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Now that the Democratic primaries have ended, the party’s biggest name is officially coming out in support of the it’s presumptive nominee.
Al Gore says he is backing Barack Obama and will do whatever he can to help him get to the White House.
Originally posted by Sublime620
reply to post by Zepherian
He said he helped bring it about through legislation... which is absolutely true. While he did not think of the Internet, you can certainly thank Al Gore for helping it's beginning.
"During my service in the United States Congress, I took the initiative in creating the Internet."
But the real question is what, if anything, did Gore actually do to create the modern Internet? According to Vincent Cerf, a senior vice president with MCI Worldcom who's been called the Father of the Internet, "The Internet would not be where it is in the United States without the strong support given to it and related research areas by the Vice President in his current role and in his earlier role as Senator."
The inventor of the Mosaic Browser, Marc Andreesen, credits Gore with making his work possible. He received a federal grant through Gore's High Performance Computing Act. The University of Pennsylvania's Dave Ferber says that without Gore the Internet "would not be where it is today."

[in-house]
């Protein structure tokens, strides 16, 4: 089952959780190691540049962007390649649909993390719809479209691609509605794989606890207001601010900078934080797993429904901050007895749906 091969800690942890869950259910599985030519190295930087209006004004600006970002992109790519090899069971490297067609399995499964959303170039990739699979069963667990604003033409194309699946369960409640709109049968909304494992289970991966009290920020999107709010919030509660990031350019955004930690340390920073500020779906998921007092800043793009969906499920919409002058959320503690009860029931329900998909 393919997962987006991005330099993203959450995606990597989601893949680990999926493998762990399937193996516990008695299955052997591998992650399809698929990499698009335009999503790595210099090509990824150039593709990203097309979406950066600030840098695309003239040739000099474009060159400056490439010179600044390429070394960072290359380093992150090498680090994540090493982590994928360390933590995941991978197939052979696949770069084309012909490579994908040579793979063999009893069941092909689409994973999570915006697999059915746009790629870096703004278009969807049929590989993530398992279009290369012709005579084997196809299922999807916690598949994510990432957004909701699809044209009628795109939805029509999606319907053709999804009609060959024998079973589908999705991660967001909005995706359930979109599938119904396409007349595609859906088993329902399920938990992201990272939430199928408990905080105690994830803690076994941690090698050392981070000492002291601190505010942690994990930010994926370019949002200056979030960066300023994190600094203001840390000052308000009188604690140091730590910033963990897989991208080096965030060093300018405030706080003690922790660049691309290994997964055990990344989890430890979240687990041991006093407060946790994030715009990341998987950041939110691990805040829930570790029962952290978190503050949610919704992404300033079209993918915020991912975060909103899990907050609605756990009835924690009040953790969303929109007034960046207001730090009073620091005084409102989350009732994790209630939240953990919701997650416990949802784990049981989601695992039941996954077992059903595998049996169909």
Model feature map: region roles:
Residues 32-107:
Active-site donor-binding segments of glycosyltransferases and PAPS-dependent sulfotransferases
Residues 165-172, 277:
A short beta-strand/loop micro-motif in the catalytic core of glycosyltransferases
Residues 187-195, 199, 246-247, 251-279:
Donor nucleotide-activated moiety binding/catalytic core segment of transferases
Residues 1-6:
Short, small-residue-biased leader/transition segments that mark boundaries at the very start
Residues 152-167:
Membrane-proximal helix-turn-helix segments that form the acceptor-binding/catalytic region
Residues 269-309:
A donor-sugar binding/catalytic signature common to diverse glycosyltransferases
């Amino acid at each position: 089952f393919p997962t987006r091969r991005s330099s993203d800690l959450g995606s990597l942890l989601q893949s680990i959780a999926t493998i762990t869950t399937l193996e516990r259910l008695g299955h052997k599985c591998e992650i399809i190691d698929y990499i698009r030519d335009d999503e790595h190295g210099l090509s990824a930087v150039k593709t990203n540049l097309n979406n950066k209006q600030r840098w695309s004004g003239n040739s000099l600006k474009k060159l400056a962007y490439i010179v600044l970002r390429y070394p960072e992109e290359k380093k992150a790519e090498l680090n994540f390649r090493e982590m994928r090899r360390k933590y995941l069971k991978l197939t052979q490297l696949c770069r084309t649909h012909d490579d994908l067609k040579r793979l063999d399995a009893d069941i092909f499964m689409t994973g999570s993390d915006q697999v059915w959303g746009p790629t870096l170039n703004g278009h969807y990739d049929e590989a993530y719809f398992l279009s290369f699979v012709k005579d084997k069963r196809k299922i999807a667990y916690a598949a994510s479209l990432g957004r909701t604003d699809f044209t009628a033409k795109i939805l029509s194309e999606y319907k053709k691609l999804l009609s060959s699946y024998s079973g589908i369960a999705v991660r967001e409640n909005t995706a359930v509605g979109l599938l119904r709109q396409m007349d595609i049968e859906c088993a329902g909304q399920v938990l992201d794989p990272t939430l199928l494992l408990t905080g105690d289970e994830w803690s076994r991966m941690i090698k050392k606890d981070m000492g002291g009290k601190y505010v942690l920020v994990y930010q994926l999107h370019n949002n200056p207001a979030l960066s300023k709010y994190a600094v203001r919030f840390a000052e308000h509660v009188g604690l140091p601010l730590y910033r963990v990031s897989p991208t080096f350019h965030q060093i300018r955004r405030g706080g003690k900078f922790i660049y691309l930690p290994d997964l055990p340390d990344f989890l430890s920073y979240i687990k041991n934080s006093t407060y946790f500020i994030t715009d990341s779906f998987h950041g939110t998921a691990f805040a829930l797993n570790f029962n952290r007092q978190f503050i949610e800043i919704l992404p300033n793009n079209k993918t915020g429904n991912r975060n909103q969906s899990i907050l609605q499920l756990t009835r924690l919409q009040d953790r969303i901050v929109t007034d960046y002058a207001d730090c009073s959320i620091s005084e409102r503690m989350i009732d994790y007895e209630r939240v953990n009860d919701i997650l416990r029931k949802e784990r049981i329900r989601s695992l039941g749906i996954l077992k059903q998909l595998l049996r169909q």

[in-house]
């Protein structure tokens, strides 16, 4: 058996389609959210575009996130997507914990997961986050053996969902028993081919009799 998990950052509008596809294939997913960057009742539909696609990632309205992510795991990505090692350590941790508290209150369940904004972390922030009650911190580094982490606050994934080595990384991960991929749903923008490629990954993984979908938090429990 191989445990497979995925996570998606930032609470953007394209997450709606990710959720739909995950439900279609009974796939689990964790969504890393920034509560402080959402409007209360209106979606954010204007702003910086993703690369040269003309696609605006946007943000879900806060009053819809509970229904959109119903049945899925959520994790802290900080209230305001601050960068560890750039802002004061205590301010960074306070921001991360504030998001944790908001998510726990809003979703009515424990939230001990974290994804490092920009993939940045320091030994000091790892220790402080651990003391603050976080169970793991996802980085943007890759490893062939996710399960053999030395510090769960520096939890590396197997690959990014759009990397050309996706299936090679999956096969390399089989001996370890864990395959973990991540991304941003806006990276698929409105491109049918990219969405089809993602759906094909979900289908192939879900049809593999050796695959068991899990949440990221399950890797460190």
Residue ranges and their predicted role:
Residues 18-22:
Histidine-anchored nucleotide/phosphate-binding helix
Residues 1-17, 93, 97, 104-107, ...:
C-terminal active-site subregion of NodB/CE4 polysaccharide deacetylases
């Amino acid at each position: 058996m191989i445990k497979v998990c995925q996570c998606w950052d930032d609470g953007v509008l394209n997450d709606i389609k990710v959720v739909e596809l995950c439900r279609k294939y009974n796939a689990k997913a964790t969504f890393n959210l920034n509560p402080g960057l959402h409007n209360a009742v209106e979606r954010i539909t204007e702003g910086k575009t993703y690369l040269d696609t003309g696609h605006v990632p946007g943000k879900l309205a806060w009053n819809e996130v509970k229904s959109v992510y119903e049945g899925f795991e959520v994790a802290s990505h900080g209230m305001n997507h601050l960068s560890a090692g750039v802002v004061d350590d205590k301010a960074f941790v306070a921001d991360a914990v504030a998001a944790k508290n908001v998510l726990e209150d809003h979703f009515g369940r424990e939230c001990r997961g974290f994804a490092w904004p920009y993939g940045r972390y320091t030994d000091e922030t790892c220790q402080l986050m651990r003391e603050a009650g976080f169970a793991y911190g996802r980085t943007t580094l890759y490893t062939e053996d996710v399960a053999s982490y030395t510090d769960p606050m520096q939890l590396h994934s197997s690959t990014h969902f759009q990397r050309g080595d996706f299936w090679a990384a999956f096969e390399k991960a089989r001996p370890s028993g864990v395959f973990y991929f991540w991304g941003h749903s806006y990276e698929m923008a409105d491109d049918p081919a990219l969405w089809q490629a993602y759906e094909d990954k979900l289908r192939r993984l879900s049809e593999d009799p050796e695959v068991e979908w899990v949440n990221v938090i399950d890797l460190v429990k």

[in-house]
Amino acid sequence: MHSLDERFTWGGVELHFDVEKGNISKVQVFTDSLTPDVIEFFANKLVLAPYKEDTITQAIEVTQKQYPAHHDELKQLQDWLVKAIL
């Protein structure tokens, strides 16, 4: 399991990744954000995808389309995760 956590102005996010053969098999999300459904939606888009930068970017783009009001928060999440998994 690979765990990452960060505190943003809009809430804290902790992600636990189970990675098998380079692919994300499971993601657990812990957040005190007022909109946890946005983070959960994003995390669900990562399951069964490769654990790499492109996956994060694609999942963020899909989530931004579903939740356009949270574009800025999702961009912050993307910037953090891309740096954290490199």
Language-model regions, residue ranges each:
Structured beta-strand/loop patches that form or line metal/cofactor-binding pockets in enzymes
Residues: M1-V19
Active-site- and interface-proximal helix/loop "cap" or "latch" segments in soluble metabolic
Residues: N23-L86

Joseph E. Traub, a computer science professor at Columbia University, claims that Gore "was perhaps the first political leader to grasp the importance of networking the country. Could we perhaps see an end to cheap shots from politicians and pundits about inventing the Internet?"
The Love Canal canard distorts a story Gore told to a high school class in Concord, New Hampshire. In answer to a question about how students could get involved in politics, Gore described a letter he'd received from a girl in West Tennessee while he was a congressman. Based on the girl's complaint about a poisoned well, he organized an investigation, which in turn led to other pollution sites, culminating in the expose of Love Canal. Referring to the well in Toone, Tennessee, Gore said, "That was the one you didn't hear of--but that was the one that started it all."
The media was quick to misquote the line as "I was the one that started it all." Seemingly dissatisfied with Gore's style, the Republican National Committee improved the line thus: "I was the one who started it all." When the Concord Monitor and the Boston Globe exposed what had really been said in that high school class, the New York Times, the Washington Post and U.S. News offered grudging corrections of their reportorial errors.